(forgive me if I am preaching to the choir)

IMHO, before spending dollar one, a serious series of discussions must be held; first by the top command level to develop a needs assessment discussion plan, followed by meetings with the boots on the ground (cops/firefighters). What do they want/expect from a UAS. If this step is skipped, or done after purchase and implementation, the negative nellies can kill your program. "You didn't say it couldn't do this or that, what a waste of money." Trust me on this.
PS- I really have no experience with a ground SAR organization. In the 70s I was a SAR mission pilot with the Civil Air Patrol, that's it.
Thank you very much for your service and your response! You bring up some very valid points that I do need to take into consideration.

I did neglect to also mention that one of our missions is to work closely with local LEO's and fire departments. I say local but really, we are covering a large area. Most of these departments do not have their own UAS program and we are routinely asked to assist in missions. The local PD also tends to be a donor to our org and we have a retired county sheriff on our board. So having a strategy that includes potential needs of these agencies I think will be vital as well.
 

miturnbo

Well-Known Member
DSAR Member
Joined
Feb 26, 2018
Messages
45
Reaction score
26
Age
55
If you plan to work in a NIMS environment, you will probably be required to have passed a number of the ICS online courses.
Yes. Already have. FEMA 100, 200 & 700. SARTECH III and wide area search certified.
 
  • Like
Reactions: BigAl07

miturnbo

Well-Known Member
DSAR Member
Joined
Feb 26, 2018
Messages
45
Reaction score
26
Age
55
One of the issues I had with the PD was a failure to get a proper needs assessment before beginning the program. I 'm a retired chief of police and very **** (I think is in the DNA):mad: At my job cops continually paraded through my office with great "ideas." Ideas are a dime a dozen. I gave them a written format with questions to answer first; what is it, will it improve our service to the community,/how, implementation schedule, training needs, liability issues, other users,operations guidelines, acquisition costs,training costs,maintenance costs, etc....Needless to say, with few exceptions that was as far as the "idea" went. I had no time to do research and that wasn't my job. I had a 100 employee department to run.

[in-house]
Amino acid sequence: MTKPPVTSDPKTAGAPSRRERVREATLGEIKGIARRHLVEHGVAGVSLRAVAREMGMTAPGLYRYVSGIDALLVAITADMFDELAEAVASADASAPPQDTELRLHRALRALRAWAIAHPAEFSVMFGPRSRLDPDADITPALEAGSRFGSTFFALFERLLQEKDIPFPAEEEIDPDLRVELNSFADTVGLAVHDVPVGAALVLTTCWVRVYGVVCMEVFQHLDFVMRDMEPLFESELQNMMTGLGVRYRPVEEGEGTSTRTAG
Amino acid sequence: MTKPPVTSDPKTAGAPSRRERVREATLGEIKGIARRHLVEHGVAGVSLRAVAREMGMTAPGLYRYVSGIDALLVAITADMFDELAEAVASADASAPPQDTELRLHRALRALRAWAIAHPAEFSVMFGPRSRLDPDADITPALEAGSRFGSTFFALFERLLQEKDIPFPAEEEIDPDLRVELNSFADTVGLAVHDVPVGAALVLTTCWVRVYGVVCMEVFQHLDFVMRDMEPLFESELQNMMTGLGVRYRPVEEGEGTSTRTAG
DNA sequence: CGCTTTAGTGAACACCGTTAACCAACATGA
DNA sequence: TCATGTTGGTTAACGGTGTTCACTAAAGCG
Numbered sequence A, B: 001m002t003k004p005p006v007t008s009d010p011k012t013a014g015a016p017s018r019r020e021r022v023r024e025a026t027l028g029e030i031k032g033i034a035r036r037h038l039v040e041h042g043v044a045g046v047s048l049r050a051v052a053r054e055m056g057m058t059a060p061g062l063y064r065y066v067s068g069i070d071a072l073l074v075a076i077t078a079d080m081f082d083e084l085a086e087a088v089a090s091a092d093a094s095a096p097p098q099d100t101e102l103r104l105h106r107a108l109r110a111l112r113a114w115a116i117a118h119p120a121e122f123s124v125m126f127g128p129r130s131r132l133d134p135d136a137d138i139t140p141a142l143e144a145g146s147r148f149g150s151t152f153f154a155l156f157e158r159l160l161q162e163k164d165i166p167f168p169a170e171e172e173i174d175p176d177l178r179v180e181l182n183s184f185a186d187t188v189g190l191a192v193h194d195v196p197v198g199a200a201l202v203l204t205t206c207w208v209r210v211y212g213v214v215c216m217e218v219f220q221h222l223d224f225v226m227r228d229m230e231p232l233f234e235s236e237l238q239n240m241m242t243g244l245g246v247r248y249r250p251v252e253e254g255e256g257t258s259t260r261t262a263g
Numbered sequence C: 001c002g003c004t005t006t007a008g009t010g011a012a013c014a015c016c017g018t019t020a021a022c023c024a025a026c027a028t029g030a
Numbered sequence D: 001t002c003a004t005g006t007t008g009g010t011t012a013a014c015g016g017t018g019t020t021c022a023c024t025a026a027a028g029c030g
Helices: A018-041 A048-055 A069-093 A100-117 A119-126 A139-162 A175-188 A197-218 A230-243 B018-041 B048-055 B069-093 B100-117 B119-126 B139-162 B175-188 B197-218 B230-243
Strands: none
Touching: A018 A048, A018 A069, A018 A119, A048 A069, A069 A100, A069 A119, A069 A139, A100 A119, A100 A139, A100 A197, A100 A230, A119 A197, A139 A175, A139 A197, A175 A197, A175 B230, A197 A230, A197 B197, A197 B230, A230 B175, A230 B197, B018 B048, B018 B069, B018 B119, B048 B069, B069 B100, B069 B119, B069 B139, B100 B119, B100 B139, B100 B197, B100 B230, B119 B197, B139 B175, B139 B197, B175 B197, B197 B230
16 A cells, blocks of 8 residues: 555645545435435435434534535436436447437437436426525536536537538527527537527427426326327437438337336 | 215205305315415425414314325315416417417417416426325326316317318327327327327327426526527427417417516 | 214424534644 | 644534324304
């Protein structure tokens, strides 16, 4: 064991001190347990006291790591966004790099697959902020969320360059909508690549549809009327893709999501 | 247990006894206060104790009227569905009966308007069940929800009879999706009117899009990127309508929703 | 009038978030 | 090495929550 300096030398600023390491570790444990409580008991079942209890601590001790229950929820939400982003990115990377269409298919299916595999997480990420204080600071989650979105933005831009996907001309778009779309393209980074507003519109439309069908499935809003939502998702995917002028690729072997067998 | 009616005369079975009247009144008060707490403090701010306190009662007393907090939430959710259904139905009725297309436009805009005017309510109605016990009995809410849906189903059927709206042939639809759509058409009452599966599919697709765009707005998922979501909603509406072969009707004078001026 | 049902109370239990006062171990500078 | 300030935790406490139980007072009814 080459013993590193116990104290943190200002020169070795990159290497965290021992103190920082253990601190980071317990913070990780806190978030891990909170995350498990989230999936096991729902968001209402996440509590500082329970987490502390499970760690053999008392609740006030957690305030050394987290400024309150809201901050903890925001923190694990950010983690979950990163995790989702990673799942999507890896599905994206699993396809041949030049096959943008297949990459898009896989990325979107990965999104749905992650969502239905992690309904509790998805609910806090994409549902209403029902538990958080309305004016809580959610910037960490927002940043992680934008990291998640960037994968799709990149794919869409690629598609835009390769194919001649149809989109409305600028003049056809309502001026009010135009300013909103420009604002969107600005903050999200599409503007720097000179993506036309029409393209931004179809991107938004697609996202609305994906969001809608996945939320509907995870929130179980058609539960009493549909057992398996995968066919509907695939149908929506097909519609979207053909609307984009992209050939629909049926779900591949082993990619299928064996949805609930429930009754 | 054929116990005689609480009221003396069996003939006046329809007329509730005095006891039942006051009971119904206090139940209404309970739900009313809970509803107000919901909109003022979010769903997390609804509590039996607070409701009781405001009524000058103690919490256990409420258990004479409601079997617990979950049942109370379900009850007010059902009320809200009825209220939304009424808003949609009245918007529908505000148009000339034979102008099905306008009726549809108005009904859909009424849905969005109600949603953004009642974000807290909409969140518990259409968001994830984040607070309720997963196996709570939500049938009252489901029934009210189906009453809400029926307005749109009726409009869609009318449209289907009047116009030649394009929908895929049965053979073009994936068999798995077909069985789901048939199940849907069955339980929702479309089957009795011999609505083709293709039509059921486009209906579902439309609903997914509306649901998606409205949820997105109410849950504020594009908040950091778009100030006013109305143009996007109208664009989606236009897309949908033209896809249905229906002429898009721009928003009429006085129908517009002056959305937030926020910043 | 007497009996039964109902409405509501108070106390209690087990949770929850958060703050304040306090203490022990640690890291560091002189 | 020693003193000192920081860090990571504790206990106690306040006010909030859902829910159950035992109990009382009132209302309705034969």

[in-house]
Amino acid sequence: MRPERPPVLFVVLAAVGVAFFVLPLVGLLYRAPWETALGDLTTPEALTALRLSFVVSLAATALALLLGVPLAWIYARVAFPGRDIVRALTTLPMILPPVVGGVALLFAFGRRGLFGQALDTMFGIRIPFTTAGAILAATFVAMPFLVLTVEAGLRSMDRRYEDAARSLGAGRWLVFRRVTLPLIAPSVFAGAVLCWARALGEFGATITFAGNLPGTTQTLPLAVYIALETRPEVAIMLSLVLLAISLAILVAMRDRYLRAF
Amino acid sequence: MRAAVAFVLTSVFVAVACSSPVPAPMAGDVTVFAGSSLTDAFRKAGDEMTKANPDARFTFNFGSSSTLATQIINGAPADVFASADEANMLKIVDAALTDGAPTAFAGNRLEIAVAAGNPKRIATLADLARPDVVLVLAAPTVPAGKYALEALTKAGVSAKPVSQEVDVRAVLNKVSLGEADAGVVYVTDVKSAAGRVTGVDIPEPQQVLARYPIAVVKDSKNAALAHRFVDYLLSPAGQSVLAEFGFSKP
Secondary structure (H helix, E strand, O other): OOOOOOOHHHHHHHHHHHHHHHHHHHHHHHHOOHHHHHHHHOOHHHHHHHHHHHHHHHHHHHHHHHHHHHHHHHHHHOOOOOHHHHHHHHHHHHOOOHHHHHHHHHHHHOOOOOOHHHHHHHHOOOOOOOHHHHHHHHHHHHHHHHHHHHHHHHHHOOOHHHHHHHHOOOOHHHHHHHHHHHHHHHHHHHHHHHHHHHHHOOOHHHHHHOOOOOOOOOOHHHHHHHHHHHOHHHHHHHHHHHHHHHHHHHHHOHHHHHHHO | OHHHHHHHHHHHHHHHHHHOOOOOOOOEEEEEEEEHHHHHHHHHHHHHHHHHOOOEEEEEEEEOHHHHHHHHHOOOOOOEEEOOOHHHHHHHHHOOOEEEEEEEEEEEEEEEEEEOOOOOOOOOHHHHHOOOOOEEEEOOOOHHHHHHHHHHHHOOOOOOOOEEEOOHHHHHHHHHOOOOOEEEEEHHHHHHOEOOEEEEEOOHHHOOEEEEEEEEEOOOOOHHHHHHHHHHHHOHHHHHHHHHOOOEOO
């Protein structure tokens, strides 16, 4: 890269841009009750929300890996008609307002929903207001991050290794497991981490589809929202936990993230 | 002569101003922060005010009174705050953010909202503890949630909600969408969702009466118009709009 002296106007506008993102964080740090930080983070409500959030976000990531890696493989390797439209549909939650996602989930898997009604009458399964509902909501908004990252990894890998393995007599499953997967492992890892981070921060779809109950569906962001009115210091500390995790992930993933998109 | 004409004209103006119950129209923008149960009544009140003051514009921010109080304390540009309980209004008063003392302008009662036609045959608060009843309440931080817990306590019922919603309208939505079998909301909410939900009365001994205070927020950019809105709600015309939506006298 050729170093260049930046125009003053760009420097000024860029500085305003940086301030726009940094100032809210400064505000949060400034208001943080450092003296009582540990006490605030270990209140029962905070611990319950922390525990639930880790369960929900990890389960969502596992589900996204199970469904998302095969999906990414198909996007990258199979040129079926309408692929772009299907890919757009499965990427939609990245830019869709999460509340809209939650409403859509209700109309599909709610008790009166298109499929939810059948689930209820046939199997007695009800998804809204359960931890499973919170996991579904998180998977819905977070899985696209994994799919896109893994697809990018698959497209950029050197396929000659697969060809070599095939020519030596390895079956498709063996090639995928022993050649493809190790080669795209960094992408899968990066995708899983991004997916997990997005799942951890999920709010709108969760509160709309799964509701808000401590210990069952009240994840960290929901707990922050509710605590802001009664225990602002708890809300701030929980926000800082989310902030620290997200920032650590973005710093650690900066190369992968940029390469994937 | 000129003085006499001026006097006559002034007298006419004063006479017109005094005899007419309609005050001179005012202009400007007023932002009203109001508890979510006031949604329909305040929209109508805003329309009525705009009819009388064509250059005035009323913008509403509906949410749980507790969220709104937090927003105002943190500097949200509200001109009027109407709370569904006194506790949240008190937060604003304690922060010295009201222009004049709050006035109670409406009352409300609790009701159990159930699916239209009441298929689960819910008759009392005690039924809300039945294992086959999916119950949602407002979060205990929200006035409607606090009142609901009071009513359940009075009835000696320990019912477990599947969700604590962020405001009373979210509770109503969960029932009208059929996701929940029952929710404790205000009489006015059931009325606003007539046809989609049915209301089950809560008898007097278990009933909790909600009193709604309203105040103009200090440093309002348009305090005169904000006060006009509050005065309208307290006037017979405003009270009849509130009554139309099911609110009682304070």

(forgive me if I am preaching to the choir)

IMHO, before spending dollar one, a serious series of discussions must be held; first by the top command level to develop a needs assessment discussion plan, followed by meetings with the boots on the ground (cops/firefighters). What do they want/expect from a UAS. If this step is skipped, or done after purchase and implementation, the negative nellies can kill your program. "You didn't say it couldn't do this or that, what a waste of money." Trust me on this.
PS- I really have no experience with a ground SAR organization. In the 70s I was a SAR mission pilot with the Civil Air Patrol, that's it.
I’ve read this several times and it makes more and more sense each time. This is exactly what we are going through at the moment with our leadership. They have been burned in the past with promise of a great program only to have spent a ton of money and gotten nothing. So I think you are exactly right here.